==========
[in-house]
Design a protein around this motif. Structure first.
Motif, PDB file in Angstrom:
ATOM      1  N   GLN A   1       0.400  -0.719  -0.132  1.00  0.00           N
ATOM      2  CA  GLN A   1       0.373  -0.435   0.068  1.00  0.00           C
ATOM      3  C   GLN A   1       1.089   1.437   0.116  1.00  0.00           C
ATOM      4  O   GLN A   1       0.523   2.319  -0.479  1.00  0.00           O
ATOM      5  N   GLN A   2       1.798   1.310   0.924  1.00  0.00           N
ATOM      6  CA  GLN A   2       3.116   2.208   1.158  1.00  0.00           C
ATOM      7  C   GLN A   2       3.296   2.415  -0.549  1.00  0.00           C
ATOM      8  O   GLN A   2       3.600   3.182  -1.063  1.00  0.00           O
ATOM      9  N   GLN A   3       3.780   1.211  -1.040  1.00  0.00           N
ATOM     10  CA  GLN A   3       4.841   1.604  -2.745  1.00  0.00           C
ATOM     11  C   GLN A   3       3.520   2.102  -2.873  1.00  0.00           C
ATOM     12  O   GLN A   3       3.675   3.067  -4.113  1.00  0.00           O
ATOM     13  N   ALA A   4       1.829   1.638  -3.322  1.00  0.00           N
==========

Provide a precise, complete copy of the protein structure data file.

[in-house]
Design a protein around this motif. Structure first.
Motif, PDB file in Angstrom:
ATOM      1  N   GLN A   1       0.400  -0.719  -0.132  1.00  0.00           N
ATOM      2  CA  GLN A   1       0.373  -0.435   0.068  1.00  0.00           C
ATOM      3  C   GLN A   1       1.089   1.437   0.116  1.00  0.00           C
ATOM      4  O   GLN A   1       0.523   2.319  -0.479  1.00  0.00           O
ATOM      5  N   GLN A   2       1.798   1.310   0.924  1.00  0.00           N
ATOM      6  CA  GLN A   2       3.116   2.208   1.158  1.00  0.00           C
ATOM      7  C   GLN A   2       3.296   2.415  -0.549  1.00  0.00           C
ATOM      8  O   GLN A   2       3.600   3.182  -1.063  1.00  0.00           O
ATOM      9  N   GLN A   3       3.780   1.211  -1.040  1.00  0.00           N
ATOM     10  CA  GLN A   3       4.841   1.604  -2.745  1.00  0.00           C
ATOM     11  C   GLN A   3       3.520   2.102  -2.873  1.00  0.00           C
ATOM     12  O   GLN A   3       3.675   3.067  -4.113  1.00  0.00           O
ATOM     13  N   ALA A   4       1.829   1.638  -3.322  1.00  0.00           N